(MONEY Magazine) – Taxpayers have been tense and testy for months. The mood emerged not long after President Clinton announced his economic plan in February. Then, as the "deficit reduction" bills worked their way through the House and Senate, taxpayers, like the thumbs-downer (left) at a recent Clinton speech in Cleveland, grew noticeably annoyed. Never mind that the Administration and Democratic leaders downplayed the giant tax package they were assembling as something that would nick only the affluent. Says Karen Mazzarella, a $30,000-a-year life and health insurance agent in Highland, Mich. who in May launched Speak Out America, a taxpayer protest group that plans a march on Washington this fall: "I'm one of those people who woke up one morning and found out I was rich -- in the government's eyes. No matter how you look at it, we're all going to get hit." How right she is. It's true that roughly 80% of the estimated $250 billion of slated tax increases will fall on those making more than $100,000 a year. But that leaves some $50 billion for the middle class to foot, mostly through taxes on seniors and on the energy we all use. In addition to their share of deficit reduction, middle-class families face increased costs to help fund the health reform changes that are likely to become law by 1996. Analysts interviewed by MONEY believe the $30 billion to $90 billion annual tab for reform will come out of new taxes on 1) doctor and hospital services; 2) your health benefits if they're generous; and 3) cigarettes and alcohol. Many employees will also face increases in health-care premiums and out-of-pocket costs -- taxes by another name. The prospect, then, is for the biggest tax hike in history. The new tax law and health reform will extract from Americans more than $400 billion, according to the Tax Foundation, a research group in Washington, D.C. The next largest increase, passed in 1982, raised just $254 billion (in 1992 dollars). By 1996, many taxpayers making $60,000 a year could see 4% of their annual income -- or $2,400 -- go to pay for the new tax plan plus health reform. All in all, 50% of your marginal income could be gobbled up by federal income taxes, payroll taxes, energy taxes, health reform and state and local taxes, even though you are only in the 28% federal bracket. Financial moves you make immediately or in the coming months can help minimize the impact for years. Your tax pro is your first line of defense, so be sure to consult him or her as soon as the law passes (see "Help From Your Tax Pro" on page 62). As MONEY went to press, a few details of the tax legislation remained to be worked out by Congress. And health reform's precise taxes won't be determined until next year at the earliest -- after fierce partisan battles. Yet the broad outlines of both are already in place: -- Energy taxes. A 4.36 cents- to 7.5 cents-a-gallon gasoline tax, plus probably a kind of sales tax equal to 3% to 5% of your home utility bills, starting as early as 1994. Added cost to a typical family: up to $114 yearly. -- Social Security taxes. Starting next year, as much as 85% of some seniors' Social Security benefits will be taxed, up from 50% today. -- Income taxes. The top income tax rate will rise from 31% to 36% for couples with taxable income -- after deductions -- of $140,000 ($115,000 for singles). Added tax for a couple making $200,000: $1,000 or so. A 10% surcharge on people making $250,000 or more will put them in the 39.6% bracket. Chances are, the entire rate hike will be phased in over two years and become fully effective on Jan. 1, 1994. This year's top rate would be 33.5%, 35.3% with the surtax. The alternative minimum tax (AMT), a special tax designed to ensure the wealthy pay their fair share, will rise from 24% to new rates of 26% and 28%, also phased in over two years. -- Health-care taxes. Once reform is under way, the value of employer-provided health benefits above a government-set limit will likely be taxed. Added cost for a middle-income family getting $1,000 of benefits above such a limit: $280 a year. -- Sin taxes. Those who smoke will face federal tax hikes of as high as $1 a pack, and alcohol taxes may rise by about 50 cents for a six-pack of beer, a bottle of Chardonnay or a fifth of Scotch. -- Taxes on the self-employed. The new income tax rates hit entrepreneurs inordinately, since they often have high incomes. What's more, starting in January, self-employed taxpayers making more than $135,000 will pay today's 2.9% Medicare payroll tax on all income. (That's double the 1.45% employees pay.) Currently, income over $135,000 isn't subject to the tax. This tax package will come down hardest on four groups of taxpayers: the middle class, people with taxable incomes above $115,000, well-off seniors and the self-employed. If you fit into any of those categories, follow the timely advice below gleaned from interviews with more than 35 tax pros, benefits consultants, financial planners and investment managers:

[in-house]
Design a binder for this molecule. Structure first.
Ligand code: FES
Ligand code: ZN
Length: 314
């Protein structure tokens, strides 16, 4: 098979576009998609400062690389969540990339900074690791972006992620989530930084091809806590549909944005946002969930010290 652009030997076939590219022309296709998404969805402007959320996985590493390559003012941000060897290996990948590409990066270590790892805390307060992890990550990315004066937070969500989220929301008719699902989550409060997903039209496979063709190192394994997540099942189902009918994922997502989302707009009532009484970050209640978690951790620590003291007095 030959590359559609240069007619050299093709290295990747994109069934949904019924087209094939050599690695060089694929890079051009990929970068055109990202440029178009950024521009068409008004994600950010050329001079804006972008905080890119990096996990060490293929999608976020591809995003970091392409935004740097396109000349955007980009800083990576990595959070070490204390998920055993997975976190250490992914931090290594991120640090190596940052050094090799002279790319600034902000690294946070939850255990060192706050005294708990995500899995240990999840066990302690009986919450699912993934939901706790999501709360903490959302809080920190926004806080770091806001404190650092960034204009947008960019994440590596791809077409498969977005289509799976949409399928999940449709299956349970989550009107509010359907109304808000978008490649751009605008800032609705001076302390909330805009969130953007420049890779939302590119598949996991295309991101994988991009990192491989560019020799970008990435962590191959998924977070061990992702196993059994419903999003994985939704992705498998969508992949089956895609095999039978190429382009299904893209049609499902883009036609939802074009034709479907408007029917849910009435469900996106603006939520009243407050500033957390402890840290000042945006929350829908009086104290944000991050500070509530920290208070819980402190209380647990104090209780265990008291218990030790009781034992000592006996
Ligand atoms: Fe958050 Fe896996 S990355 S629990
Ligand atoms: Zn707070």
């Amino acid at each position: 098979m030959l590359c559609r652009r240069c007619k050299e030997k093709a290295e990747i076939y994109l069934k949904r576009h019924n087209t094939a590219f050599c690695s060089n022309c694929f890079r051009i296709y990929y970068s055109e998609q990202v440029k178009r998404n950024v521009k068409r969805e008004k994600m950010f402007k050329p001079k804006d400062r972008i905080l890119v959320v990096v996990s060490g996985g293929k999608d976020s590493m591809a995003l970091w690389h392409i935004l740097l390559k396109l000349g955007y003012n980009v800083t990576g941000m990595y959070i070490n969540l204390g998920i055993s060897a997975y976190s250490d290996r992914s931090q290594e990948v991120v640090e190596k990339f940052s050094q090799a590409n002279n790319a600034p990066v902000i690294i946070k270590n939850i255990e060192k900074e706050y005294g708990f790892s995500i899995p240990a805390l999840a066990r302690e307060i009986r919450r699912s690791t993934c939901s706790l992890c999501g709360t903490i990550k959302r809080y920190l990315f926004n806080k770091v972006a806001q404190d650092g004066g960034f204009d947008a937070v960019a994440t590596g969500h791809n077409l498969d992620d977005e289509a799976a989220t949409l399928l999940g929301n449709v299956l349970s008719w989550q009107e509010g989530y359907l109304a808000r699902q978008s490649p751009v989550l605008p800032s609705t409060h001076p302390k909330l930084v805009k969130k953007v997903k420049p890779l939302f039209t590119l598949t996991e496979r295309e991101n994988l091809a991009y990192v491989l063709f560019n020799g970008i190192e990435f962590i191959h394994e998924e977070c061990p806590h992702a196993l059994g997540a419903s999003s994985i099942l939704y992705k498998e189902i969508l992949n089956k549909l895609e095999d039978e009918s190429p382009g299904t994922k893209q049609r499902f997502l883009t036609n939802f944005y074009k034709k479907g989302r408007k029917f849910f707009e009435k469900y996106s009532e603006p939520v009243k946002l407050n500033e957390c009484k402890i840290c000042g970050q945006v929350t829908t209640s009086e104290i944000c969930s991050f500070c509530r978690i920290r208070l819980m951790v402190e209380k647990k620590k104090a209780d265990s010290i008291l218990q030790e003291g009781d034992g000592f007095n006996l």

MIDDLE-INCOME TAXPAYERS Fund your retirement plans to the max while you can. Because Social Security will be increasingly taxed, it will contribute less to your retirement. Consequently, "You'll need to take advantage of every tax-deferred savings plan you can get into today," says Paul Yurachek, a financial planner with Dennis M. Gurtz & Associates in Washington, D.C. What's more, a little-known part of the new law could make it harder to take full advantage of a 401(k) company retirement plan after this year. The provision, designed to prevent high-income employees from getting overly generous pensions, reduces from $235,840 to $150,000 the maximum salary level permitted for calculating retirement-plan benefits beginning in 1994. The catch: The new formula may also harm many of those earning as little as $64,245 -- the point at which the law will make you face tougher restrictions as a "highly compensated" employee. You could find yourself barred from making the maximum contribution, currently $8,994, to your 401(k). The Wyatt Co., a benefits consulting firm in Washington, D.C., estimates that many employees accustomed to stashing 12% of their salaries may find their contributions limited to 10%. If you earn more than $64,245, check with your benefits department to see if your maximum 401(k) contributions are likely to be reduced and by how much. In the meantime, contribute the current maximum, even if you have to stretch to afford it. Make full use of a company flexible spending account. Currently, employees of 52% of large companies can pay up to $5,000 of their unreimbursed medical costs with pretax dollars, through flexible spending accounts (FSAs). But health-care experts believe that the FSA could be a casualty of health reform, probably starting in 1996. The reason: Congress is likely to decide that employees will shop more carefully for health care if their share of the expenses isn't shielded from taxes through FSAs. So plan to make maximum use of an FSA for the next two years. You generally must give your benefits department an irrevocable decision in November about whether you will use the FSA in the year ahead and how much of your pay you want to withhold. Get energy-efficient. The likely home and auto energy-use tax provides a strong incentive to conserve. Call your local utility and ask about discounts for energy efficiency. For instance, Southern California Edison offers rebates of $150 to customers who buy special heat pumps with efficiency ratings of 8.7 or higher.